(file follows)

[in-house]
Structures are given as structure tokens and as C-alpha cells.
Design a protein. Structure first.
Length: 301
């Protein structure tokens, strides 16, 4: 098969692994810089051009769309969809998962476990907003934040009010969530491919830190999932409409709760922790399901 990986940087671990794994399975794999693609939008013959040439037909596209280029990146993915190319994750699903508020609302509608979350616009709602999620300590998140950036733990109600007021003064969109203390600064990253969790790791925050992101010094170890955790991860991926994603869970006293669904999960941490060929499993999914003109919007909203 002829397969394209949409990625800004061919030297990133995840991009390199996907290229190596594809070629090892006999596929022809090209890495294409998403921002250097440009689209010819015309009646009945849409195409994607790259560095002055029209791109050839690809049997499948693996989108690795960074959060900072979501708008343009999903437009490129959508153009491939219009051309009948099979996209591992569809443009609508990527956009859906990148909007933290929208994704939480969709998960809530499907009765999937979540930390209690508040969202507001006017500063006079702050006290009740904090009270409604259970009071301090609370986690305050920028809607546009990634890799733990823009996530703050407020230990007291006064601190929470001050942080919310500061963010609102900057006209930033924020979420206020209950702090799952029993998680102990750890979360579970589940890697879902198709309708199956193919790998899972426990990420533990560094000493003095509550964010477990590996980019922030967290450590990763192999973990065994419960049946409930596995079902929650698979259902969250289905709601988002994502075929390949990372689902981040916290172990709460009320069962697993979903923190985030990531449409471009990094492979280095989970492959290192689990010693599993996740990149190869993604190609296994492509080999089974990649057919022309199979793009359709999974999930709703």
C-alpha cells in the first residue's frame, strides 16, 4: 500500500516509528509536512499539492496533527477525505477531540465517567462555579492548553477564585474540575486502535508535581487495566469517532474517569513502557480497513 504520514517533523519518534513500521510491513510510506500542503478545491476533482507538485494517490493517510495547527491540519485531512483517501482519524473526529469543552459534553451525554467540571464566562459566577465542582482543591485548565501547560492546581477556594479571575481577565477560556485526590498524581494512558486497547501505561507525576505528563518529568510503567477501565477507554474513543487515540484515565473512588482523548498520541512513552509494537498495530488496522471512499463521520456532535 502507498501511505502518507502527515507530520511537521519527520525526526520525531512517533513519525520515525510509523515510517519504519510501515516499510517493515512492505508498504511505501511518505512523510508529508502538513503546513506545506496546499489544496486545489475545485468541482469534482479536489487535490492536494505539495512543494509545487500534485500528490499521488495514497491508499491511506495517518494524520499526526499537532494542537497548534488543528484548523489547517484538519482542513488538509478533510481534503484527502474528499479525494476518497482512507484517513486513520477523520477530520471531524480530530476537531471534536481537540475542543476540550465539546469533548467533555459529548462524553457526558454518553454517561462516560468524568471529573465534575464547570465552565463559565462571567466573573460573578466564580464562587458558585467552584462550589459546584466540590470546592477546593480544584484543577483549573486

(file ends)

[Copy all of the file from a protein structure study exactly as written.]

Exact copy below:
[in-house]
Structures are given as structure tokens and as C-alpha cells.
Design a protein. Structure first.
Length: 301
């Protein structure tokens, strides 16, 4: 098969692994810089051009769309969809998962476990907003934040009010969530491919830190999932409409709760922790399901 990986940087671990794994399975794999693609939008013959040439037909596209280029990146993915190319994750699903508020609302509608979350616009709602999620300590998140950036733990109600007021003064969109203390600064990253969790790791925050992101010094170890955790991860991926994603869970006293669904999960941490060929499993999914003109919007909203 002829397969394209949409990625800004061919030297990133995840991009390199996907290229190596594809070629090892006999596929022809090209890495294409998403921002250097440009689209010819015309009646009945849409195409994607790259560095002055029209791109050839690809049997499948693996989108690795960074959060900072979501708008343009999903437009490129959508153009491939219009051309009948099979996209591992569809443009609508990527956009859906990148909007933290929208994704939480969709998960809530499907009765999937979540930390209690508040969202507001006017500063006079702050006290009740904090009270409604259970009071301090609370986690305050920028809607546009990634890799733990823009996530703050407020230990007291006064601190929470001050942080919310500061963010609102900057006209930033924020979420206020209950702090799952029993998680102990750890979360579970589940890697879902198709309708199956193919790998899972426990990420533990560094000493003095509550964010477990590996980019922030967290450590990763192999973990065994419960049946409930596995079902929650698979259902969250289905709601988002994502075929390949990372689902981040916290172990709460009320069962697993979903923190985030990531449409471009990094492979280095989970492959290192689990010693599993996740990149190869993604190609296994492509080999089974990649057919022309199979793009359709999974999930709703």
C-alpha cells in the first residue's frame, strides 16, 4: 500500500516509528509536512499539492496533527477525505477531540465517567462555579492548553477564585474540575486502535508535581487495566469517532474517569513502557480497513 504520514517533523519518534513500521510491513510510506500542503478545491476533482507538485494517490493517510495547527491540519485531512483517501482519524473526529469543552459534553451525554467540571464566562459566577465542582482543591485548565501547560492546581477556594479571575481577565477560556485526590498524581494512558486497547501505561507525576505528563518529568510503567477501565477507554474513543487515540484515565473512588482523548498520541512513552509494537498495530488496522471512499463521520456532535 502507498501511505502518507502527515507530520511537521519527520525526526520525531512517533513519525520515525510509523515510517519504519510501515516499510517493515512492505508498504511505501511518505512523510508529508502538513503546513506545506496546499489544496486545489475545485468541482469534482479536489487535490492536494505539495512543494509545487500534485500528490499521488495514497491508499491511506495517518494524520499526526499537532494542537497548534488543528484548523489547517484538519482542513488538509478533510481534503484527502474528499479525494476518497482512507484517513486513520477523520477530520471531524480530530476537531471534536481537540475542543476540550465539546469533548467533555459529548462524553457526558454518553454517561462516560468524568471529573465534575464547570465552565463559565462571567466573573460573578466564580464562587458558585467552584462550589459546584466540590470546592477546593480544584484543577483549573486